"We talked after the game, and we both realized it got out of control," Green said. "We cleared the air and there are no hard feelings."
Green said he and Porter have a history of trash-talking with each other.
"Usually every game we exchange words," Green said. "That's something we do."
Green said Porter went beyond that Sunday.
"He spit in my face. That's when I went back at him and pushed him and spit back at him."
Punches ensued. One bloodied Green's mouth.
"On TV, it looks bad," Green said. "It looks like I just took off and pushed him and spit in his face. That's not the way it happened. That's all they see.
"The last thing I would do is spit in another man's face. I would rather someone punch me than spit in my face."
--After giving conflicting signals after Sunday's game, Browns coach Butch Davis said Jeff Garcia would definitely start against the Jets.
Kelly Holcomb saw his first action of the season after Davis pulled Garcia with nine minutes left in the fourth quarter, a move more to show mercy to Garcia than dissatisfaction with his performance.
"Make no mistake about it," Davis said. "Jeff Garcia is the starting quarterback."
Garcia struggled Sunday, largely because of numerous protection breakdowns and the inability to run the ball.
"We just have to give him the opportunity to be successful and keep the wolves off him," Davis said.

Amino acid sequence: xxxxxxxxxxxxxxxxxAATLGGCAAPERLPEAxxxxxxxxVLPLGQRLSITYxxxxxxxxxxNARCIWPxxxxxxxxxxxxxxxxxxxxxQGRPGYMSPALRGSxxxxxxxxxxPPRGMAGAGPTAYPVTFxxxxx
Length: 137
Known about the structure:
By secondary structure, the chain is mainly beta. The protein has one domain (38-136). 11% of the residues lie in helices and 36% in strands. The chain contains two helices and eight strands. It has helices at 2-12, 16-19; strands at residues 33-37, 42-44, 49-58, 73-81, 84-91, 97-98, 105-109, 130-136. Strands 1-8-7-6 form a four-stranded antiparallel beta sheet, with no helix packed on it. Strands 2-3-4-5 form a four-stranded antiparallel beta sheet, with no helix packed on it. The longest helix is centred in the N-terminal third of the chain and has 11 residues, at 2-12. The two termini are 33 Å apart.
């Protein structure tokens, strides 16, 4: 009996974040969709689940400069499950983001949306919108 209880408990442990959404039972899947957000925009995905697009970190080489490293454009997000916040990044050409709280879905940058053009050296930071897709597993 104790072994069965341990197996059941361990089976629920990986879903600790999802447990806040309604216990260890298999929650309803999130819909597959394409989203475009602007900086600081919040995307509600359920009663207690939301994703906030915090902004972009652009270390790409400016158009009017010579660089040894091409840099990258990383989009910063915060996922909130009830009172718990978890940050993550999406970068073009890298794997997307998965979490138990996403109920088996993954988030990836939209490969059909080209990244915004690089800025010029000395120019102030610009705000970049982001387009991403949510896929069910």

--DB Lewis Sanders had the only injury Sunday when he left the game briefly with a sore wrist.
--K Phil Dawson made a 31-yard field goal to extend his streak of successful kicks to 27, most in the NFL.
--DT Gerard Warren, whose inflammatory threat directed at Steelers quarterback Ben Roethlisberger made headlines last week, was credited with two tackles. He is 19th on the Browns with eight tackles for the season.
--LB Chaun Thompson and DB Chris Crocker had a sack Sunday, the first time a non-defensive lineman has gotten a sack all season. But both sacks came after Roethlisberger slipped.
--WR Frisman Jackson had a career-high five catches for 61 yards.
--QB Jeff Garcia surpassed 18,000 career passing yards with a 58-yard completion to Dennis Northcutt, the longest in Northcutt's five-year career.

PASSING OFFENSE: D - There was one highlight - a 58-yard pass from Jeff Garcia to Dennis Northcutt. Otherwise, this was a disaster. Garcia completed only six other passes for a total of 52 yards. He was sacked four times and threw eight interceptions, many under duress. Garcia's worst throw came when underthrew a pass intended for Antonio Bryant that was intercepted just before halftime, killing any chance for the Browns to have momentum going into the locker room. More blame rests with the offensive line than with Garcia. The line looked unprepared for Steelers' blitzes, even though it was no secret Pittsburgh was coming. Possession receiver Frisman Jackson was the leading pass-catcher. He caught five passes for 61 yards.